18 July 1610: Death of Caravaggio, Italian painter (b. 1571) (Source)

A portrait of the Italian painter Michelangelo Merisi da Caravaggio by Ottavio Leoni, ca 1621 (Source)

Michelangelo Merisi (Michele Angelo Merigi or Amerighi) da Caravaggio, known as Caravaggio (/ˌkærəˈvæi/, US: /-ˈvɑː(i)/, Italian pronunciation: [mikeˈlandʒelo meˈriːzi da kkaraˈvaddʒo]; 29 September 1571[2] – 18 July 1610), was an Italian painter active in Rome for most of his artistic life. During the final four years of his life he moved between Naples, Malta, and Sicily until his death. His paintings combine a realistic observation of the human state, both physical and emotional, with a dramatic use of lighting, which had a formative influence on Baroque painting.[3][4][5]

Caravaggio employed close physical observation with a dramatic use of chiaroscuro that came to be known as tenebrism. He made the technique a dominant stylistic element, transfixing subjects in bright shafts of light and darkening shadows. Caravaggio vividly expressed crucial moments and scenes, often featuring violent struggles, torture, and death. He worked rapidly, with live models, preferring to forgo drawings and work directly onto the canvas. His inspiring effect on the new Baroque style that emerged from Mannerism was profound. His influence can be seen directly or indirectly in the work of Peter Paul Rubens, Jusepe de Ribera, Gian Lorenzo Bernini, and Rembrandt. Artists heavily under his influence were called the “Caravaggisti” (or “Caravagesques”), as well as tenebrists or tenebrosi (“shadowists”).

Caravaggio trained as a painter in Milan before moving in his twenties to Rome. He developed a considerable name as an artist, and as a violent, touchy and provocative man. A brawl led to a death sentence for murder and forced him to flee to Naples. There he again established himself as one of the most prominent Italian painters of his generation. He traveled in 1607 to Malta and on to Sicily, and pursued a papal pardon for his sentence. In 1609 he returned to Naples, where he was involved in a violent clash; his face was disfigured and rumours of his death circulated. Questions about his mental state arose from his erratic and bizarre behavior. He died in 1610 under uncertain circumstances while on his way from Naples to Rome. Reports stated that he died of a fever, but suggestions have been made that he was murdered or that he died of lead poisoning.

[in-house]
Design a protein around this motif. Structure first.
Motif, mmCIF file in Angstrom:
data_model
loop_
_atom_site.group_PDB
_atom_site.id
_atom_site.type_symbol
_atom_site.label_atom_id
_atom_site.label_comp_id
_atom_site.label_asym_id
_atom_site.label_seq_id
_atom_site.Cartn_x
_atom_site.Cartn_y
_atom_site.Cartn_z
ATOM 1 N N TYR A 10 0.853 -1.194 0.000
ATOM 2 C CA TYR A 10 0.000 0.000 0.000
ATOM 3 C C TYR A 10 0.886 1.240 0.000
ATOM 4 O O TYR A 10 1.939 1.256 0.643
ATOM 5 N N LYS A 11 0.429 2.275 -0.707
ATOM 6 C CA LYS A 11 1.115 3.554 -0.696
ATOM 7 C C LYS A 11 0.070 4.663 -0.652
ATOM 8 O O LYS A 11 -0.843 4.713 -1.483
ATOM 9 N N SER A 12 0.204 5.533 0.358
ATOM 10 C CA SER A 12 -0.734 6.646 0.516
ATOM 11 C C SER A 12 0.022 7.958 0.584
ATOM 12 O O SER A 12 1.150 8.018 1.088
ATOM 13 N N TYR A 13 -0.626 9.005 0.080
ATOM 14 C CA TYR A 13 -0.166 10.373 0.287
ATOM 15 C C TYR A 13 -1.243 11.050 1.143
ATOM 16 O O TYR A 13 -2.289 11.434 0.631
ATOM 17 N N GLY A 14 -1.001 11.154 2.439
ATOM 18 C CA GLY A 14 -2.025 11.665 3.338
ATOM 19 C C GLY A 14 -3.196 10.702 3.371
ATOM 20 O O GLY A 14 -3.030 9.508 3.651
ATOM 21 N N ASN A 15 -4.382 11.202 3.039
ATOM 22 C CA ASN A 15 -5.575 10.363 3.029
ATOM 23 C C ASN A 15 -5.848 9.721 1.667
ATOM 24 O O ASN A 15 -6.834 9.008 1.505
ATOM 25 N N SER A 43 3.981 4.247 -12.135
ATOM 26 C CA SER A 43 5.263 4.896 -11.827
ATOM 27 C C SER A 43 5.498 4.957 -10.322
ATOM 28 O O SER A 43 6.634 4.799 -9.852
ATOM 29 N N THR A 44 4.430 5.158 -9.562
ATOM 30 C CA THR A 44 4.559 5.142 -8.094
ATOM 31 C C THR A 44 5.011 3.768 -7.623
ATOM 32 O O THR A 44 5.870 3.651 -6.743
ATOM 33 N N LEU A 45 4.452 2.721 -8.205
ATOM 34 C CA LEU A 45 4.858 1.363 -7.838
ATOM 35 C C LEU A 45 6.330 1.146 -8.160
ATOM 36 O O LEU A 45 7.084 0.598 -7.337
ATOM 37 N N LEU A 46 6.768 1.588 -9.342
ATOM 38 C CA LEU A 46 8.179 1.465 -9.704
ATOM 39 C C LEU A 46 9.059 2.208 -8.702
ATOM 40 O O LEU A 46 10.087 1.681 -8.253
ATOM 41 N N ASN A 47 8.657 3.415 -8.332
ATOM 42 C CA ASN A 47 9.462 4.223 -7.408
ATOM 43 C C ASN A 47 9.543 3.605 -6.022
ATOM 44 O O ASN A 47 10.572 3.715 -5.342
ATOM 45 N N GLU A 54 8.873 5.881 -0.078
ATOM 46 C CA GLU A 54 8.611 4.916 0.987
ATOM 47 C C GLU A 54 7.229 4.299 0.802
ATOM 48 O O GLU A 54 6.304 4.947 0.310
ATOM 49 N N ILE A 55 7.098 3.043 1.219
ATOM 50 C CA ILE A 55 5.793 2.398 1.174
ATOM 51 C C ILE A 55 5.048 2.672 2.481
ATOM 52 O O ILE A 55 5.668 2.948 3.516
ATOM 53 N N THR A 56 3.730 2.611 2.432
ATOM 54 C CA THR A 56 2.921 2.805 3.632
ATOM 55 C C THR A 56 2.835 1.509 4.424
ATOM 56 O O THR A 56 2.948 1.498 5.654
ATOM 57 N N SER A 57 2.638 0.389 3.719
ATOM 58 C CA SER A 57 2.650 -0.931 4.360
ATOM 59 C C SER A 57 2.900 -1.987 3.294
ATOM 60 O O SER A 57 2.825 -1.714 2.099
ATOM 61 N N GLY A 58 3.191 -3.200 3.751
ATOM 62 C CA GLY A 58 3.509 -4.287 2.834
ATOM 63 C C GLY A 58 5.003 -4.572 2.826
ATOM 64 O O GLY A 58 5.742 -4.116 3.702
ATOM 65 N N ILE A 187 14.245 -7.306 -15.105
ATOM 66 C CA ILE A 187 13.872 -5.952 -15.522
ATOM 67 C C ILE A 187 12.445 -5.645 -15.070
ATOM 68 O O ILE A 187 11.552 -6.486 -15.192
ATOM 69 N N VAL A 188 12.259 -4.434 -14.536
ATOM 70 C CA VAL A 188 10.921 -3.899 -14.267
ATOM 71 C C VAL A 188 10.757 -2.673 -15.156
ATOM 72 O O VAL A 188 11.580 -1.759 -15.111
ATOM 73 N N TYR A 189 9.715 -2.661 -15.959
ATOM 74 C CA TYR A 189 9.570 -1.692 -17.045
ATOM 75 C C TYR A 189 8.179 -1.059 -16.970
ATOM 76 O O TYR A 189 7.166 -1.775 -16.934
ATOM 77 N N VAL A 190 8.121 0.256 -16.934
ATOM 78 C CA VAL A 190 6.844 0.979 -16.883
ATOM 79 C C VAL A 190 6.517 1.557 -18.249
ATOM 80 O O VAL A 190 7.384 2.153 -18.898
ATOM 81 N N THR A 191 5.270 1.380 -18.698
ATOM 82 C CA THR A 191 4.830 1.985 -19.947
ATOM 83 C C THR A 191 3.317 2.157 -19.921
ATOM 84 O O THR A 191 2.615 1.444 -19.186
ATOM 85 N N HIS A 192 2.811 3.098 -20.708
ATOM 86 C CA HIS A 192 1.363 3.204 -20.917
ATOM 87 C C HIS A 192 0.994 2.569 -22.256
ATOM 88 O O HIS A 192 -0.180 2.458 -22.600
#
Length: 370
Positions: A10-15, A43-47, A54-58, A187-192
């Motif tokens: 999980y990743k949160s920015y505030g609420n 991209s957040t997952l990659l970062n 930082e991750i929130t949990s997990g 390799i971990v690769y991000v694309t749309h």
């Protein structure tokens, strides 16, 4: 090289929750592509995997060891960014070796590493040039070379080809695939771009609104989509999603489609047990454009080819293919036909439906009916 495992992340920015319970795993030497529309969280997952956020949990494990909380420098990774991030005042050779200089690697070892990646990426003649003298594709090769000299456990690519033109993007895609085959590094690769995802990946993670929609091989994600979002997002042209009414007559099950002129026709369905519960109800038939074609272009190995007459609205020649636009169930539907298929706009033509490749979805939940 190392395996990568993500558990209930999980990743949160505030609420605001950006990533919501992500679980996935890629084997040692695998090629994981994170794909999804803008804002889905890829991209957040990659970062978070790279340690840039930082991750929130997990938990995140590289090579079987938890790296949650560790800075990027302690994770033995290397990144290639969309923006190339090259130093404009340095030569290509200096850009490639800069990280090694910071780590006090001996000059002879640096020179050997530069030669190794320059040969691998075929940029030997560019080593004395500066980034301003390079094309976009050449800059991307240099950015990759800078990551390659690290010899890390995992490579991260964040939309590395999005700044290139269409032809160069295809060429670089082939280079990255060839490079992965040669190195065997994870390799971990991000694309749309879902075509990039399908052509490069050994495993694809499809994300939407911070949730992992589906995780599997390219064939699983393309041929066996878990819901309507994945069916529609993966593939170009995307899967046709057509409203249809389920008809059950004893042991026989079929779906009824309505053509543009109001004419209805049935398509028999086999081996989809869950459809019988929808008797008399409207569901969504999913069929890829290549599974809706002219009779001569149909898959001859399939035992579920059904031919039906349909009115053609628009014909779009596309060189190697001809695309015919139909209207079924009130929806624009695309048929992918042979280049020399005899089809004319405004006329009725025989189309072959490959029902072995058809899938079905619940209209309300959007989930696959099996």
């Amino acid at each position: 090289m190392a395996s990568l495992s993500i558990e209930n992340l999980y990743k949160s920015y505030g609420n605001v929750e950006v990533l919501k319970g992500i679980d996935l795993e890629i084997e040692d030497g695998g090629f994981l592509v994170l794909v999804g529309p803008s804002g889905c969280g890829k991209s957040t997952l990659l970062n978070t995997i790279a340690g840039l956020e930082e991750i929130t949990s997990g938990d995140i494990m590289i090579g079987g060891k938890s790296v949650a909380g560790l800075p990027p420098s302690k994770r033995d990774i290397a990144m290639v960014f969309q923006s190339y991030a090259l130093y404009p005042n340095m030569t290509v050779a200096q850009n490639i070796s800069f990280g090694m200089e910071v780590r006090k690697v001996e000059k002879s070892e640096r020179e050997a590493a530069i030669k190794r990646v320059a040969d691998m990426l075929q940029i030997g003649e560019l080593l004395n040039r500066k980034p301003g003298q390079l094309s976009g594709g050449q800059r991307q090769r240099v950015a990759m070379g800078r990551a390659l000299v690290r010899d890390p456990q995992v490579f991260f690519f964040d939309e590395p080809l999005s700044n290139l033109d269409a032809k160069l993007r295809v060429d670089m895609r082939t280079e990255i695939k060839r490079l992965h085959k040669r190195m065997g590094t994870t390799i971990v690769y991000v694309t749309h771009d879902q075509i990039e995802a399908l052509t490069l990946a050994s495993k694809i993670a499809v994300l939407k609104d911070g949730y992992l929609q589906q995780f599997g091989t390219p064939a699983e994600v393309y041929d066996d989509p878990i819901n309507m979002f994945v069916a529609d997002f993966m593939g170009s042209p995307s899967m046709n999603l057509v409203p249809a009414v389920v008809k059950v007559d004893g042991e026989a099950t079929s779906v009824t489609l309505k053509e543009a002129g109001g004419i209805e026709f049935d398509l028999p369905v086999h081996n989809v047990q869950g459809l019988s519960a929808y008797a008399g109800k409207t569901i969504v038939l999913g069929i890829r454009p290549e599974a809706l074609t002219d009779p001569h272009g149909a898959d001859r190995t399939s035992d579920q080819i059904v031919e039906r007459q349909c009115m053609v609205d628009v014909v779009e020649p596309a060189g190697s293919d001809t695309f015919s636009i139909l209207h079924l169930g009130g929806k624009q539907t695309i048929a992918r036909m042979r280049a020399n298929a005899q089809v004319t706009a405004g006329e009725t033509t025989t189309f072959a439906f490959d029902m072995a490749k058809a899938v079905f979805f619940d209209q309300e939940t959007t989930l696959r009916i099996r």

Caravaggio’s innovations inspired Baroque painting, but the Baroque incorporated the drama of his chiaroscuro without the psychological realism. The style evolved and fashions changed, and Caravaggio fell out of favour. In the 20th century interest in his work revived, and his importance to the development of Western art was reevaluated. The 20th-century art historian André Berne-Joffroy stated: “What begins in the work of Caravaggio is, quite simply, modern painting.”[6] (Source)

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